And it’s all because Roger Goodell is a jerk who you don’t like.
II. The Case of the NFLRA Negotiation and Resolution
The NFL referees can’t win. They have to please coaches on the sidelines. They have to please players. They have to please the NFL. They have to please home-team fans. They have to please visiting fans as well.
These groups all have different interests. They all have different views. They all want different things. And as Bill Cosby once noted, “I don’t know the key to success, but the key to failure is trying to please everybody.”
Given that their sole responsibility on the field is to mediate a child’s game played by millionaires, perhaps it seemed unreasonable earlier this year that they wanted higher levels of compensation. A pension. More job security. Little prospect of being replaced if they performed poorly.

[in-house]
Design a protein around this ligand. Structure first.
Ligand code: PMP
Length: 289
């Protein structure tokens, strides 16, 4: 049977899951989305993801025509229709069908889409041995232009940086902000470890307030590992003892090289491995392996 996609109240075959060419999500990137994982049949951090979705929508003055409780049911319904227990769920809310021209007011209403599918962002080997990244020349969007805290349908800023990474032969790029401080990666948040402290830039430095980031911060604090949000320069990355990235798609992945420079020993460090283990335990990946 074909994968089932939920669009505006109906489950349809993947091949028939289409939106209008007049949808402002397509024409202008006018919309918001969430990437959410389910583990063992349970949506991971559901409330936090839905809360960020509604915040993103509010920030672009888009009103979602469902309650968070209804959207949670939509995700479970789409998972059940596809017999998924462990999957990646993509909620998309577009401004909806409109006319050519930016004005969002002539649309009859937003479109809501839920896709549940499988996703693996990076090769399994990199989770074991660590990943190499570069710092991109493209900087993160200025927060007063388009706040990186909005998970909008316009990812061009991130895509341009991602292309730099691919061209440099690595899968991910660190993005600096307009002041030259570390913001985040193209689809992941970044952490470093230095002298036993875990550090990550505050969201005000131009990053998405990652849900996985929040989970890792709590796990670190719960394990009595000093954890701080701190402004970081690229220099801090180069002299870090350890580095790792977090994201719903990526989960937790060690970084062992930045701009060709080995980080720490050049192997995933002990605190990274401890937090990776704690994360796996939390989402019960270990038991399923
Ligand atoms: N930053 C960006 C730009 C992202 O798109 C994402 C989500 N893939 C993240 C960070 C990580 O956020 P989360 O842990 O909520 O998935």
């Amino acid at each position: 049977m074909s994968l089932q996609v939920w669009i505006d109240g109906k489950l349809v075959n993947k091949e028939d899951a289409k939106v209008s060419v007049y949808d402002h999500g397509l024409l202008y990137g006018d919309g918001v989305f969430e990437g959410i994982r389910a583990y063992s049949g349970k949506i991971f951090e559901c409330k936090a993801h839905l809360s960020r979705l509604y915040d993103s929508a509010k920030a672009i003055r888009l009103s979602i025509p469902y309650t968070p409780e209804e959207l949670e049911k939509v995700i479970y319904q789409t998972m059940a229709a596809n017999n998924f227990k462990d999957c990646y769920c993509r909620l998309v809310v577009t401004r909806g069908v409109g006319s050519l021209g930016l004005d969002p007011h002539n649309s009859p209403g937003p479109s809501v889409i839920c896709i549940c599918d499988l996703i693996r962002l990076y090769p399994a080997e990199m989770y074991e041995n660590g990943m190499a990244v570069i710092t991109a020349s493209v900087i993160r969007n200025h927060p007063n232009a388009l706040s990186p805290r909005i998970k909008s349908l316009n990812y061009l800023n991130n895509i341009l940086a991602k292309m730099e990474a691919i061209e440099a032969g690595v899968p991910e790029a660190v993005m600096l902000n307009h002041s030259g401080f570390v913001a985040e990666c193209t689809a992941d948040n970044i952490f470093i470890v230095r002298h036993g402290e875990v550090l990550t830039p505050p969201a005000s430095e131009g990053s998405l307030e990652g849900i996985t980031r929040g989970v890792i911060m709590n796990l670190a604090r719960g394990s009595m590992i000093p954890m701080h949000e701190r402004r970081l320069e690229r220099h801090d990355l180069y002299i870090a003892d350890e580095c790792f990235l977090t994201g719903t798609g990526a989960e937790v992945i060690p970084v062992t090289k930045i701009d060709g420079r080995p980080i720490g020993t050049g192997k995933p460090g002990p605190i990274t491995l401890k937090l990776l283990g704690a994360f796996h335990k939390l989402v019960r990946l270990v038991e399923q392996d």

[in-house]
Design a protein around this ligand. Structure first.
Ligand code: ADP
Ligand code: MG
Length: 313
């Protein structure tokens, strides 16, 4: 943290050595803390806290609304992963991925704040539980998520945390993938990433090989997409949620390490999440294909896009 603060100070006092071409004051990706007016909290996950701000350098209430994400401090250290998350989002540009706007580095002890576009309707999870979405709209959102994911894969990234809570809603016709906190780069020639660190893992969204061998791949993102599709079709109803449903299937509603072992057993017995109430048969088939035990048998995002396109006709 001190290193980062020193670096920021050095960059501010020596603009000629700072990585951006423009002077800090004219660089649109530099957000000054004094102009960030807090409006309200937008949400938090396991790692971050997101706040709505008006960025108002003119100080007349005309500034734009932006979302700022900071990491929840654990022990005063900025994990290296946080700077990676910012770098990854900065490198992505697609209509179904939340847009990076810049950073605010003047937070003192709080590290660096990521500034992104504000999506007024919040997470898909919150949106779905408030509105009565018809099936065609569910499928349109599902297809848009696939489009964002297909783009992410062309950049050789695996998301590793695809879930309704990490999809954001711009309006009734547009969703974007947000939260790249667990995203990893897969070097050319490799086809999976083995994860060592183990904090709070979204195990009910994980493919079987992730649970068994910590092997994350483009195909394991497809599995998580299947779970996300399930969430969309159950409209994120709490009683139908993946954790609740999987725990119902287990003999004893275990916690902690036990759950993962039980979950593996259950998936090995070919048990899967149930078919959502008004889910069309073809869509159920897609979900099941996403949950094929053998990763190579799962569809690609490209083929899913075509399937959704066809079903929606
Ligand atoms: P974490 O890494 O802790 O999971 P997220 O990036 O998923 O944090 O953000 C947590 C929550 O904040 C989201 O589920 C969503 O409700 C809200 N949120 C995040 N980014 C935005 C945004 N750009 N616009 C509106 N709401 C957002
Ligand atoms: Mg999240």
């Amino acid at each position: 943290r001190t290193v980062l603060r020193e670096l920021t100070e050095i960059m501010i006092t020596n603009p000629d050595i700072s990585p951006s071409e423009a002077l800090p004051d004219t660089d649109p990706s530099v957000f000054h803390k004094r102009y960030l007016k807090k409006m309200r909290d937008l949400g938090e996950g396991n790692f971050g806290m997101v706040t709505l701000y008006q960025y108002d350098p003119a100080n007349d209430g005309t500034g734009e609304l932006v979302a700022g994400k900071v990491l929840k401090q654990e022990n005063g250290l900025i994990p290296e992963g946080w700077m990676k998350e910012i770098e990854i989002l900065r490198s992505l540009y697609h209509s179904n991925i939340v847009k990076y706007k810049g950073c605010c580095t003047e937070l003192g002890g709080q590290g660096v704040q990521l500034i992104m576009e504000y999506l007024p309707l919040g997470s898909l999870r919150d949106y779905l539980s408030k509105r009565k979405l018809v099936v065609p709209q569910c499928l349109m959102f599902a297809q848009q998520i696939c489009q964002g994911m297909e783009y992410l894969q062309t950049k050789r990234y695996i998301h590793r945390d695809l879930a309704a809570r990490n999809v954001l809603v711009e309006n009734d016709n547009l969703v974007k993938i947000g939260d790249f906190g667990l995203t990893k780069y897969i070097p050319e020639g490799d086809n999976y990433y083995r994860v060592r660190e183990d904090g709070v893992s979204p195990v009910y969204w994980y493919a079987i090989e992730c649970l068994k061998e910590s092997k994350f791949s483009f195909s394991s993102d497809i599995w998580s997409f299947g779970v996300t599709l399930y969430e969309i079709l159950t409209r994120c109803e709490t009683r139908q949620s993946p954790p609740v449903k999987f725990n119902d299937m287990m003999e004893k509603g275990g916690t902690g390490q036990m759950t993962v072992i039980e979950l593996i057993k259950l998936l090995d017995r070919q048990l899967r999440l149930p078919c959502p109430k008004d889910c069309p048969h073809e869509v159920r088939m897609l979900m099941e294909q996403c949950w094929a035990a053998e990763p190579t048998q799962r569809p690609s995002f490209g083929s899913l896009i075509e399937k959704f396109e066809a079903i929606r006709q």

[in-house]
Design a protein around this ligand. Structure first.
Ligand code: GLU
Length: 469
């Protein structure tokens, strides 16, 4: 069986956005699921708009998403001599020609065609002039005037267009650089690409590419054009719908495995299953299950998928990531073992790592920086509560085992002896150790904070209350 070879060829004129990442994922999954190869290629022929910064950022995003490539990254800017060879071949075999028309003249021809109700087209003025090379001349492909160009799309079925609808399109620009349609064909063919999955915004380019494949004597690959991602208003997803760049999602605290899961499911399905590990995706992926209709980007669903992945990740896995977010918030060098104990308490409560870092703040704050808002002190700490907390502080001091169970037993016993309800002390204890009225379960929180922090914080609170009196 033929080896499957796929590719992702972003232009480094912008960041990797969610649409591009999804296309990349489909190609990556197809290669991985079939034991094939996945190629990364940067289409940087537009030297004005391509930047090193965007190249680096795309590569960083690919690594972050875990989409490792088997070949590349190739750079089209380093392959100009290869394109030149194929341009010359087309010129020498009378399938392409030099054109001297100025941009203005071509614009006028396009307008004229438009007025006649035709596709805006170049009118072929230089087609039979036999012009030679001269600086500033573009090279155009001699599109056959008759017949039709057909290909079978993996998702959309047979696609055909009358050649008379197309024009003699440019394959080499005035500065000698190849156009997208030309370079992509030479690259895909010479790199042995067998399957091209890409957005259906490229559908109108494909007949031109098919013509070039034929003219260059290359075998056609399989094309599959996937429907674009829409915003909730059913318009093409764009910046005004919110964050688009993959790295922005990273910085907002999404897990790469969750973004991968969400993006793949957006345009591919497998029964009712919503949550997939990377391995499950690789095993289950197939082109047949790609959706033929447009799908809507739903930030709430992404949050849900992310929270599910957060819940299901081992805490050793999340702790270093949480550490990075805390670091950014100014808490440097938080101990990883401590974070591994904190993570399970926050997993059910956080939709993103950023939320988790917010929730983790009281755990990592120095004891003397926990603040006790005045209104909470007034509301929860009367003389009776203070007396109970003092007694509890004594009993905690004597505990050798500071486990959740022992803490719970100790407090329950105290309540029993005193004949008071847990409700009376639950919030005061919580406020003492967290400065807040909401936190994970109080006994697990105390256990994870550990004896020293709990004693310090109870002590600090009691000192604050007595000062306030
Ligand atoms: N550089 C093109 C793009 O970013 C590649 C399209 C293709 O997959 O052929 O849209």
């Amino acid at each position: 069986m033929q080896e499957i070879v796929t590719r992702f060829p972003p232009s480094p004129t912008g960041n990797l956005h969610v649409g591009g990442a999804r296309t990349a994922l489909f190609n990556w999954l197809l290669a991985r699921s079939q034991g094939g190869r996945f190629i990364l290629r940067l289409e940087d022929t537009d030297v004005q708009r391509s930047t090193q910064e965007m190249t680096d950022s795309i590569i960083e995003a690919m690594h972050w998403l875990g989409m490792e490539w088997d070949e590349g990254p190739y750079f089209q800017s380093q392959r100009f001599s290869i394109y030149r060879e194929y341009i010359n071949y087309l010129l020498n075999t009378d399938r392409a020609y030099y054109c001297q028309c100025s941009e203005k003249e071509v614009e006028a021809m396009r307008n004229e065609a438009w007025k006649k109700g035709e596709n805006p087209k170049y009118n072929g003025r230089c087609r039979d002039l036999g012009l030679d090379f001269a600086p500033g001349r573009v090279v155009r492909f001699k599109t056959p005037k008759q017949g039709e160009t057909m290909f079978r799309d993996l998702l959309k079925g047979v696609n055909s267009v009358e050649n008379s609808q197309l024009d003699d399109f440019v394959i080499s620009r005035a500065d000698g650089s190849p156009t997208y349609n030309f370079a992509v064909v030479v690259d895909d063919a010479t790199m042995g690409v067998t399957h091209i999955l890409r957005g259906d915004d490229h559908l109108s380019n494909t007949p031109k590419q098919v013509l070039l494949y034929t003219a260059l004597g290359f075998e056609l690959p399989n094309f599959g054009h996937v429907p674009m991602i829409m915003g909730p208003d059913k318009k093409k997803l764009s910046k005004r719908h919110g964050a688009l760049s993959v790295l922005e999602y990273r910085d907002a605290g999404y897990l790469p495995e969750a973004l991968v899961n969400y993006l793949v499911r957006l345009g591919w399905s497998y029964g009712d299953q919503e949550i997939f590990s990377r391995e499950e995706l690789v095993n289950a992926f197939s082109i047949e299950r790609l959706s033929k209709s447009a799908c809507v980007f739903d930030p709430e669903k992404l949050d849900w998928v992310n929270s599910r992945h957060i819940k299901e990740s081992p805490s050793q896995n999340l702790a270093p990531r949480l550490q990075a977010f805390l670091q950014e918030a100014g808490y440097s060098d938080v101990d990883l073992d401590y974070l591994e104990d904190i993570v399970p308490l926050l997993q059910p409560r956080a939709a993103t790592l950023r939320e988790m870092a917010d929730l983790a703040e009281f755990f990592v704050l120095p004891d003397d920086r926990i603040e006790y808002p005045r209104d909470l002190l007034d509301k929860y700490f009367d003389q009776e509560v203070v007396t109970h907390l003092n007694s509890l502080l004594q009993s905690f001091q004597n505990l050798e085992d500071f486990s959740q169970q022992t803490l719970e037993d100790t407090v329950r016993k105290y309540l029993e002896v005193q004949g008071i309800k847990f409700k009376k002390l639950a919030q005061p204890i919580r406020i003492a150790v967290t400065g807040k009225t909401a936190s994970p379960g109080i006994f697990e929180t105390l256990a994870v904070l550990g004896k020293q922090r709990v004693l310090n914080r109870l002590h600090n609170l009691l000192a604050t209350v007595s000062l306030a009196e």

The old NFL referees seemed a little more Oliver Twist than Mr. Smith when the latter went to Washington, requesting apparently unearned promotions.
At the time, the NFL’s negative response seemed somewhat rational. “You guys can’t call the games properly now,” the organization seemed to say. “Why are we going to raise your pay and give you full-time benefits?”
I think back on popular responses to American umpires in recent years. They have been critiqued for their enforcement of laws, for the slowness of replays, for the apparent oversight of certain rules in some situations but not others. They have been roundly castigated for inconsistency and lack of speed. They have often been accused of interfering with the way the game, any game, should be played.
But the NFL referees—and any umpires in general—also represent and stand at the crossroads of an insurmountable problem.